Welcome to the new Independent website. We hope you enjoy it and we value your feedback. Please contact us here.
Where to go and what to know
BBC strongly denied speculation discussions concerned paedophilia
Elizabeth Zach finds a deserted old town, lonely lakes and a poignant relic of the Second World War
A road trip along the shore of Lake Michigan reveals a world of beauty, says Chris Leadbeater
Made your holiday plans for next year yet? In these exclusive extracts from Lonely Planet's new 'Best in Travel' we reveal 10 destinations that should be on your wish list
Jane Bell did not seek acclaim for Druidstone, the idiosyncratic hotel she developed on a clifftop at the sea's edge in Pembrokeshire and to which there are still no signposts. But it came anyway, in the words of the many writers who have stumbled upon it across the course of 40 years.
'I'm likely to be travelling in India with my head in a book about Patagonia'
The Independent on Sunday has once again joined forces with Bradt Travel Guides (bradtguides.com) to offer readers the chance to win our travel-writing competition, with a top prize this year of a holiday for two to Abruzzo in Italy and publication of the winning entry in the travel section of the paper.
From Spanish airport strikes to naked German spas, Steve Anderson runs down the most popular articles published in 2011, as well as a few editors' favourites
This makes for a very pleasant hour: lullabies are the most universal of art forms, and the wishes expressed by these mothers are both multifarious and significant.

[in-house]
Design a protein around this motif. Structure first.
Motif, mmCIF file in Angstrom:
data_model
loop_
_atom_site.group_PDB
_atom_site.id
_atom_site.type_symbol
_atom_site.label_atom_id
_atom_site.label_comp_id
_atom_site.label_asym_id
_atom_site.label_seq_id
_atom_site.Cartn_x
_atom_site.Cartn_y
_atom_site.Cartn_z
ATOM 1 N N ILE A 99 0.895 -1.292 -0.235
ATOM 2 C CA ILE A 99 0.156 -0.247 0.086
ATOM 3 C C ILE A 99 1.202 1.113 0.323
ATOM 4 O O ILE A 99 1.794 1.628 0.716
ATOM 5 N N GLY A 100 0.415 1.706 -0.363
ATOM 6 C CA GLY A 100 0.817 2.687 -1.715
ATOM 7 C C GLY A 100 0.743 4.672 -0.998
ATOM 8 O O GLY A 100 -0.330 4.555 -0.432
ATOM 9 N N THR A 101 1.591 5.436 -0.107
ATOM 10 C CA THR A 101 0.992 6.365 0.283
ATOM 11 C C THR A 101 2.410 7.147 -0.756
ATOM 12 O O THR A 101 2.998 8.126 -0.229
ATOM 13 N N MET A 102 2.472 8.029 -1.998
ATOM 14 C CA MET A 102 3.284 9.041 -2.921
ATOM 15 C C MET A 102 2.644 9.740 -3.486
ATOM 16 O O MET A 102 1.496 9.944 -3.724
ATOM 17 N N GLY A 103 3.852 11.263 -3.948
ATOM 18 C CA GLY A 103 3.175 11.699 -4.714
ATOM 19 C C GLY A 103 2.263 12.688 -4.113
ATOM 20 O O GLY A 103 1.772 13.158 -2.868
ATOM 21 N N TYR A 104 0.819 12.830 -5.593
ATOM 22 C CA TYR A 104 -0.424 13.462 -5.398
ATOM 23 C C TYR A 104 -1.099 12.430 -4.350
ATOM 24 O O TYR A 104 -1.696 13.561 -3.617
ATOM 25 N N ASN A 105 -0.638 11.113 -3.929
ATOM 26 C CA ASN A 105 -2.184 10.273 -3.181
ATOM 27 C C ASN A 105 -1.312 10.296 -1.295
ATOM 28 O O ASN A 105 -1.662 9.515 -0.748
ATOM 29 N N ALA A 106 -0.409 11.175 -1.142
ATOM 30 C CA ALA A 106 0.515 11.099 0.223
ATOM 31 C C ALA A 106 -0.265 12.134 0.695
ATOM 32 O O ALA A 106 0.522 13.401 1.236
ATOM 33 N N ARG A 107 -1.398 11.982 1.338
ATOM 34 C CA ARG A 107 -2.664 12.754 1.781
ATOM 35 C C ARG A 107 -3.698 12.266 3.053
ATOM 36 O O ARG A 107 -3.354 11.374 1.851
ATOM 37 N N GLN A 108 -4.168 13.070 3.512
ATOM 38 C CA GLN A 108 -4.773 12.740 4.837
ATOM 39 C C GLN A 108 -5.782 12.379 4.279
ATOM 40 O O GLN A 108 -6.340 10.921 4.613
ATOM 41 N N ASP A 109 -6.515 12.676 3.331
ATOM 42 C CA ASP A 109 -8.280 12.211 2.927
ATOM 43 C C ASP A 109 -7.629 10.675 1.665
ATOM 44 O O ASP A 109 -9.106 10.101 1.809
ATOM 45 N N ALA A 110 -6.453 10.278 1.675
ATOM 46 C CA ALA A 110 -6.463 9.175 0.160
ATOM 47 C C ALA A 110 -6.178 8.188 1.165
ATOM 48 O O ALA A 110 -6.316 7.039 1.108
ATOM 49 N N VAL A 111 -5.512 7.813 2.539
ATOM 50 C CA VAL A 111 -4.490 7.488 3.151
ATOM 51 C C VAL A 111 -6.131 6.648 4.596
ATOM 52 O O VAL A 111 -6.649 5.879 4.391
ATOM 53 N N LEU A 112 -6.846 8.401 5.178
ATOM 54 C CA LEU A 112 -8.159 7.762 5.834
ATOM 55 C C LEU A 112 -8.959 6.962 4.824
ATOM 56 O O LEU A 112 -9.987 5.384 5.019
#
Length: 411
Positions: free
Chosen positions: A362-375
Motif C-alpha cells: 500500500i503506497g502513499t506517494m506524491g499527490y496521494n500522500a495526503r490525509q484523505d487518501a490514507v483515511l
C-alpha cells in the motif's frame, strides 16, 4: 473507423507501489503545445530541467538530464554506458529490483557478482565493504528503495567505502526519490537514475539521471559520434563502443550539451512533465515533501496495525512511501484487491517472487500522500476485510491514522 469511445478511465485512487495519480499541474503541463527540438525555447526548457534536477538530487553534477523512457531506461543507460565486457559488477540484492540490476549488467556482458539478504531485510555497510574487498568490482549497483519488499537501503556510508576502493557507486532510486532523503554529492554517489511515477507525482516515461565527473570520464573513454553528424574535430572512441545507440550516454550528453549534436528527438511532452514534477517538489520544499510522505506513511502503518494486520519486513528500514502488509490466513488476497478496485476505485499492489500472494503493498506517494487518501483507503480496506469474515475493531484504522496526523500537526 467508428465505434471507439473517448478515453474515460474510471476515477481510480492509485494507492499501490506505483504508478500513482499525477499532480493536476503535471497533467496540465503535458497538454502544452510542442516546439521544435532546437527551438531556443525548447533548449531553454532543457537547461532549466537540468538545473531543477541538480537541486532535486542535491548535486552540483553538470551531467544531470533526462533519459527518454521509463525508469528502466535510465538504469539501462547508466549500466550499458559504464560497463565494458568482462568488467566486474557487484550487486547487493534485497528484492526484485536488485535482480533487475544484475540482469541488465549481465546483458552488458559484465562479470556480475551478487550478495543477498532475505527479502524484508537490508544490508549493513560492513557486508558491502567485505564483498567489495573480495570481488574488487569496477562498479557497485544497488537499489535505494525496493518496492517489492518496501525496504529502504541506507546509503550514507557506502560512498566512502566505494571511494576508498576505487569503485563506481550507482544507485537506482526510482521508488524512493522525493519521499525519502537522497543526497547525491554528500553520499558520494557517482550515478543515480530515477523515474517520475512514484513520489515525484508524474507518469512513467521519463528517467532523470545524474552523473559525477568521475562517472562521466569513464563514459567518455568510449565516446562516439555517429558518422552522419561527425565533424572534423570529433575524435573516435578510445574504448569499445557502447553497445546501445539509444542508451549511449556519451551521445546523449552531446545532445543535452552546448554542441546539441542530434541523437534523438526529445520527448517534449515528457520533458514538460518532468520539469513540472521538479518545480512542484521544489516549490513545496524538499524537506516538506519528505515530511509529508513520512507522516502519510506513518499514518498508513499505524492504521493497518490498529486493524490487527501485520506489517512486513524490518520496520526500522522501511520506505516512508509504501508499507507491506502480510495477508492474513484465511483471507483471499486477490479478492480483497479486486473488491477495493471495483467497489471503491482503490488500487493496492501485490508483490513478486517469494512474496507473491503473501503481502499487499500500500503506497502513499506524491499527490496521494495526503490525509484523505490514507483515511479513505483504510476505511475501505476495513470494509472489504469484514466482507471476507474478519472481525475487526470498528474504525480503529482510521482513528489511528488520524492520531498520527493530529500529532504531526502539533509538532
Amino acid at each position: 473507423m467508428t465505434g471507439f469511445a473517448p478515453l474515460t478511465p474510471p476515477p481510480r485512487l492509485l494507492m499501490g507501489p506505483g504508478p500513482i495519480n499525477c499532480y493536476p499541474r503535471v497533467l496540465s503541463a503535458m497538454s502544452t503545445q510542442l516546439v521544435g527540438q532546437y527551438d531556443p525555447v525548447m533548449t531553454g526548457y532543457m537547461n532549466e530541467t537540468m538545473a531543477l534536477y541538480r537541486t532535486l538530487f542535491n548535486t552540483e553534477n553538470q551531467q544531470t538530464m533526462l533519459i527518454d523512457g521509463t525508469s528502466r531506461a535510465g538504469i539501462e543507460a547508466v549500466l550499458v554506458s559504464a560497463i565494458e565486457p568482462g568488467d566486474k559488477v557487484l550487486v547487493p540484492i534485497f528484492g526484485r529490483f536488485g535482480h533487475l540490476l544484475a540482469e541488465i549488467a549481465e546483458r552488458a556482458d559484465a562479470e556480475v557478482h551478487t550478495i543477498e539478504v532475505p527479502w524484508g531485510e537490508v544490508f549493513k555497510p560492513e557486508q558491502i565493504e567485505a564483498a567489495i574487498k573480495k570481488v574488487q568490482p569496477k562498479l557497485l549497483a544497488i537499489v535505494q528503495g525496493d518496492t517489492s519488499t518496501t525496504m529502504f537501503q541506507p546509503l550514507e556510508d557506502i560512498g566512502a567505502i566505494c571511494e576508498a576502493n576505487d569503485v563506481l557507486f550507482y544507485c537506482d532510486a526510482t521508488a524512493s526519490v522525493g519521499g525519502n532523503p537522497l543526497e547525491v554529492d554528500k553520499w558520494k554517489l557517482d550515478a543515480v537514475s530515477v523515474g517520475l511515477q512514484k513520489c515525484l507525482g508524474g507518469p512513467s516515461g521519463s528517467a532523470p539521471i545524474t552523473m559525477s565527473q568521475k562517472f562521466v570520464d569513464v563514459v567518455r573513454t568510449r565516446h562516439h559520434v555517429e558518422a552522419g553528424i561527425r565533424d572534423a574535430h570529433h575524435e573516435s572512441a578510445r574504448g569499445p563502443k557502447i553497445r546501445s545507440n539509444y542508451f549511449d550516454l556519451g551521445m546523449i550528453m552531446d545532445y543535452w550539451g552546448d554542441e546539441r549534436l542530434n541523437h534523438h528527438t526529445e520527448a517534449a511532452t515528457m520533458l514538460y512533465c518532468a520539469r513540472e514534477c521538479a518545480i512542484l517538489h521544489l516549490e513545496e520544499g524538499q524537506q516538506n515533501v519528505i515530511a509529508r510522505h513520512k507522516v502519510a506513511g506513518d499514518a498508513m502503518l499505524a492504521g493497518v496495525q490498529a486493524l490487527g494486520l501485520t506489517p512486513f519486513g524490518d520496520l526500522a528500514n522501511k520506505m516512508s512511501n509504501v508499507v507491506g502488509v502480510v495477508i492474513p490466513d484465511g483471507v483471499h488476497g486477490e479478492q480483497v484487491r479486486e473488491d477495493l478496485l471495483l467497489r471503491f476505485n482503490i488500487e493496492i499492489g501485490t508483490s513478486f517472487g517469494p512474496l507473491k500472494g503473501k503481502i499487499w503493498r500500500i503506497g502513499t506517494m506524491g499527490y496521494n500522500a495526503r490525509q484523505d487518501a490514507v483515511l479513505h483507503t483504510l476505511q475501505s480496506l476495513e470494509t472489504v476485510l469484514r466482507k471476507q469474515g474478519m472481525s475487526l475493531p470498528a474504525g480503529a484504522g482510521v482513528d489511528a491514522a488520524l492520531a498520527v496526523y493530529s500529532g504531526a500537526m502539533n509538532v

<b>Andrew Steed</b> reflects on how guidebooks and maps have changed since he started selling them
Whether it's Britain's bays, stunning Sweden or the magical Med, Enjoli Liston selects the top spots by the sea
With feminist groups in Europe and America now espousing it, this really is a danse sans frontières.
Sometime in the early 1960s, not too long after its consecration, I remember taking a coach trip with my mother to see the rebuilt Coventry Cathedral. It hardly needs a hotshot psychologist to spot why a whole day of his mother's undivided attention should leave such an indelible trace on a small child with three brothers (how did she find the time?). Whatever the motive, that day remains my earliest memory of intense aesthetic pleasure: Basil Spence's light-filled, sandstone-walled interiors; the blazing stained-glass windows of John Piper; Graham Sutherland's imperious tapestry; Elizabeth Frink and Jacob Epstein's massy, muscular sculptures.
A 15kg walking artichoke? A metre-long ant-eating pine cone? Even though the pangolin is fairly widespread in savannah woodland right across sub-Saharan Africa, it's hard to describe in animal terms. For a start, this bizarre mammal is the only warm-blooded creature on the planet that is completely covered in scales.
BA steward Steve McDonald will see more than airports with his first prize: a £3,000 commission from Insight